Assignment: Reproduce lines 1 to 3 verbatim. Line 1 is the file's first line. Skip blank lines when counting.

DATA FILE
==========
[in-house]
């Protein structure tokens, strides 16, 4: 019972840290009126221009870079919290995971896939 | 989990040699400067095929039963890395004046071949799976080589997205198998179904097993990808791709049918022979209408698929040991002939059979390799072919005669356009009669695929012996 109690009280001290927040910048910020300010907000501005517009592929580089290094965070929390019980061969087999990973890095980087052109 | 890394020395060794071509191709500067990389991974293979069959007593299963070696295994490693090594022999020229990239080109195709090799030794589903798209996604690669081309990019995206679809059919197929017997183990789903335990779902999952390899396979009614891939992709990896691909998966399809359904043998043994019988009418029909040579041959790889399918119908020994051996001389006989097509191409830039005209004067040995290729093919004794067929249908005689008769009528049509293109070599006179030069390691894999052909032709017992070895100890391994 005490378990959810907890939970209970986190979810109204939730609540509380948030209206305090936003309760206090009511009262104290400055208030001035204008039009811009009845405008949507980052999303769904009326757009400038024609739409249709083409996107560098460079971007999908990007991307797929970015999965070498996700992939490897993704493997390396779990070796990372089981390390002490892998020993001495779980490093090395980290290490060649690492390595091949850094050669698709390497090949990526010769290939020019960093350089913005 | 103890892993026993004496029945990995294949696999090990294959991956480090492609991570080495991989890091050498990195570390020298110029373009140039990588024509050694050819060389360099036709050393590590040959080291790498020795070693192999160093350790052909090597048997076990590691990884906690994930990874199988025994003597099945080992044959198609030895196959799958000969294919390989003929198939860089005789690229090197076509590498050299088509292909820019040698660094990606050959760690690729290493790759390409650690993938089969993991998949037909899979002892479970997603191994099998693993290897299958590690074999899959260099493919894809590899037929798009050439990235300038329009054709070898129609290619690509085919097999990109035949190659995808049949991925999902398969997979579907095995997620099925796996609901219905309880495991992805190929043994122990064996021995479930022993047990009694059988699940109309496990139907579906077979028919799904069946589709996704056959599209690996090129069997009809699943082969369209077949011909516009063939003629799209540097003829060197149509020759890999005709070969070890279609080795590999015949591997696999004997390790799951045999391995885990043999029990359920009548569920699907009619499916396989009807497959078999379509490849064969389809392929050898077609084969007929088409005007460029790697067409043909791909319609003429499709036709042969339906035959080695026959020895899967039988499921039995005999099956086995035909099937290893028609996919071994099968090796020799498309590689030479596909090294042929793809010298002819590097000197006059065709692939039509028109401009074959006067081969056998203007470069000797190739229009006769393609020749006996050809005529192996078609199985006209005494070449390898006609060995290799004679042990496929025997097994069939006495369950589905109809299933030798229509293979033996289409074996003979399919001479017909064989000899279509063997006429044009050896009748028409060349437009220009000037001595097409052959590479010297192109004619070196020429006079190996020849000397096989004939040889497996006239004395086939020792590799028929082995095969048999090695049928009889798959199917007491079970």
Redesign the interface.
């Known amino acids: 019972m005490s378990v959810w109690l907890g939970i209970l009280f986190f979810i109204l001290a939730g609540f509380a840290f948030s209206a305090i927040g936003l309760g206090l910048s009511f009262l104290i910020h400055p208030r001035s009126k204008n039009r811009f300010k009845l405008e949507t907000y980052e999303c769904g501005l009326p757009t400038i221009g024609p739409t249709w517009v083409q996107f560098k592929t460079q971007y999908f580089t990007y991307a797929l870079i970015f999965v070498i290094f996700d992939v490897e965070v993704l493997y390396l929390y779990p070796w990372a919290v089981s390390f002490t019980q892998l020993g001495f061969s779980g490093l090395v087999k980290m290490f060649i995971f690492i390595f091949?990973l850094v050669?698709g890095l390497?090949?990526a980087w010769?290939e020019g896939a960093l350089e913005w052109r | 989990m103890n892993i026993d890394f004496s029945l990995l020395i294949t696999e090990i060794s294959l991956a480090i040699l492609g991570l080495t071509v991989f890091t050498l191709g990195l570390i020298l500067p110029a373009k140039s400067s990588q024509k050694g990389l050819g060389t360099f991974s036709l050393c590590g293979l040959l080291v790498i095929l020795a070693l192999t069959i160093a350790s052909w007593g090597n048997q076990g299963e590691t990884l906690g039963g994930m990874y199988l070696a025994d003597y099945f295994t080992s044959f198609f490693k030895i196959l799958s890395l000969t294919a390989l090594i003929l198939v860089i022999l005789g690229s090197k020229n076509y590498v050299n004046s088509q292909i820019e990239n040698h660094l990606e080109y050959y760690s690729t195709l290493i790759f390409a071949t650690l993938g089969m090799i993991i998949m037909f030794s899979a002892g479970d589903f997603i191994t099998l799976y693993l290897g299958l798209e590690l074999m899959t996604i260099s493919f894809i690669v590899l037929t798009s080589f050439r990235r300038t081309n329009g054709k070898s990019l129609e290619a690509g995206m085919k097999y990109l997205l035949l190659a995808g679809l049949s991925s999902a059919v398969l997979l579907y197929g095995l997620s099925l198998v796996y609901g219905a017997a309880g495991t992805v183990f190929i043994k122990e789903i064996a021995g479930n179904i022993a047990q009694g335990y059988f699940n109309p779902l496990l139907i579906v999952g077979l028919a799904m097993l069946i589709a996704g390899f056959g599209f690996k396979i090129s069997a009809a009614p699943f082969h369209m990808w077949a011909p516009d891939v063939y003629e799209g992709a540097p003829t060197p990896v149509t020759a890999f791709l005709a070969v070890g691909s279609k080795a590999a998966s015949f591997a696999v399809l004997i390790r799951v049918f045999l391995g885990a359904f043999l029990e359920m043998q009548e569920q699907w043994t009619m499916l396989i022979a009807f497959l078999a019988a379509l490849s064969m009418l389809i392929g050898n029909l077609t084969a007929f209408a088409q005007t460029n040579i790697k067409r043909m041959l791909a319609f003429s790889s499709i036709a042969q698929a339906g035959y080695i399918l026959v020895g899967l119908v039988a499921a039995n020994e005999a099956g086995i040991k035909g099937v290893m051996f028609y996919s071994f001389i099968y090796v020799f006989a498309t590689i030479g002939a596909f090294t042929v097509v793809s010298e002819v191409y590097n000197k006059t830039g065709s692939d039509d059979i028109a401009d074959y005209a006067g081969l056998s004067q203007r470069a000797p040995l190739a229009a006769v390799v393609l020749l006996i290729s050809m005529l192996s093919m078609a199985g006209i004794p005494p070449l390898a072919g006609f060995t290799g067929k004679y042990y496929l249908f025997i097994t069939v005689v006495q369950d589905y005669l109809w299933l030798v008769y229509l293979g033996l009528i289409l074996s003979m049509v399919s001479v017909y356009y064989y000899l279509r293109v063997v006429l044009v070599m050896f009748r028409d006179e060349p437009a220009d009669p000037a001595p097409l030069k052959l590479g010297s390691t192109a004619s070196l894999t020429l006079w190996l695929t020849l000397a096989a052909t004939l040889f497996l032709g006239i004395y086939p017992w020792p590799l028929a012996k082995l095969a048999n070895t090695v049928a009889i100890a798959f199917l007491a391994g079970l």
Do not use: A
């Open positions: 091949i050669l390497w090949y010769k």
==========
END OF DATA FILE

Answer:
[in-house]
């Protein structure tokens, strides 16, 4: 019972840290009126221009870079919290995971896939 | 989990040699400067095929039963890395004046071949799976080589997205198998179904097993990808791709049918022979209408698929040991002939059979390799072919005669356009009669695929012996 109690009280001290927040910048910020300010907000501005517009592929580089290094965070929390019980061969087999990973890095980087052109 | 890394020395060794071509191709500067990389991974293979069959007593299963070696295994490693090594022999020229990239080109195709090799030794589903798209996604690669081309990019995206679809059919197929017997183990789903335990779902999952390899396979009614891939992709990896691909998966399809359904043998043994019988009418029909040579041959790889399918119908020994051996001389006989097509191409830039005209004067040995290729093919004794067929249908005689008769009528049509293109070599006179030069390691894999052909032709017992070895100890391994 005490378990959810907890939970209970986190979810109204939730609540509380948030209206305090936003309760206090009511009262104290400055208030001035204008039009811009009845405008949507980052999303769904009326757009400038024609739409249709083409996107560098460079971007999908990007991307797929970015999965070498996700992939490897993704493997390396779990070796990372089981390390002490892998020993001495779980490093090395980290290490060649690492390595091949850094050669698709390497090949990526010769290939020019960093350089913005 | 103890892993026993004496029945990995294949696999090990294959991956480090492609991570080495991989890091050498990195570390020298110029373009140039990588024509050694050819060389360099036709050393590590040959080291790498020795070693192999160093350790052909090597048997076990590691990884906690994930990874199988025994003597099945080992044959198609030895196959799958000969294919390989003929198939860089005789690229090197076509590498050299088509292909820019040698660094990606050959760690690729290493790759390409650690993938089969993991998949037909899979002892479970997603191994099998693993290897299958590690074999899959260099493919894809590899037929798009050439990235300038329009054709070898129609290619690509085919097999990109035949190659995808049949991925999902398969997979579907095995997620099925796996609901219905309880495991992805190929043994122990064996021995479930022993047990009694059988699940109309496990139907579906077979028919799904069946589709996704056959599209690996090129069997009809699943082969369209077949011909516009063939003629799209540097003829060197149509020759890999005709070969070890279609080795590999015949591997696999004997390790799951045999391995885990043999029990359920009548569920699907009619499916396989009807497959078999379509490849064969389809392929050898077609084969007929088409005007460029790697067409043909791909319609003429499709036709042969339906035959080695026959020895899967039988499921039995005999099956086995035909099937290893028609996919071994099968090796020799498309590689030479596909090294042929793809010298002819590097000197006059065709692939039509028109401009074959006067081969056998203007470069000797190739229009006769393609020749006996050809005529192996078609199985006209005494070449390898006609060995290799004679042990496929025997097994069939006495369950589905109809299933030798229509293979033996289409074996003979399919001479017909064989000899279509063997006429044009050896009748028409060349437009220009000037001595097409052959590479010297192109004619070196020429006079190996020849000397096989004939040889497996006239004395086939020792590799028929082995095969048999090695049928009889798959199917007491079970």
Redesign the interface.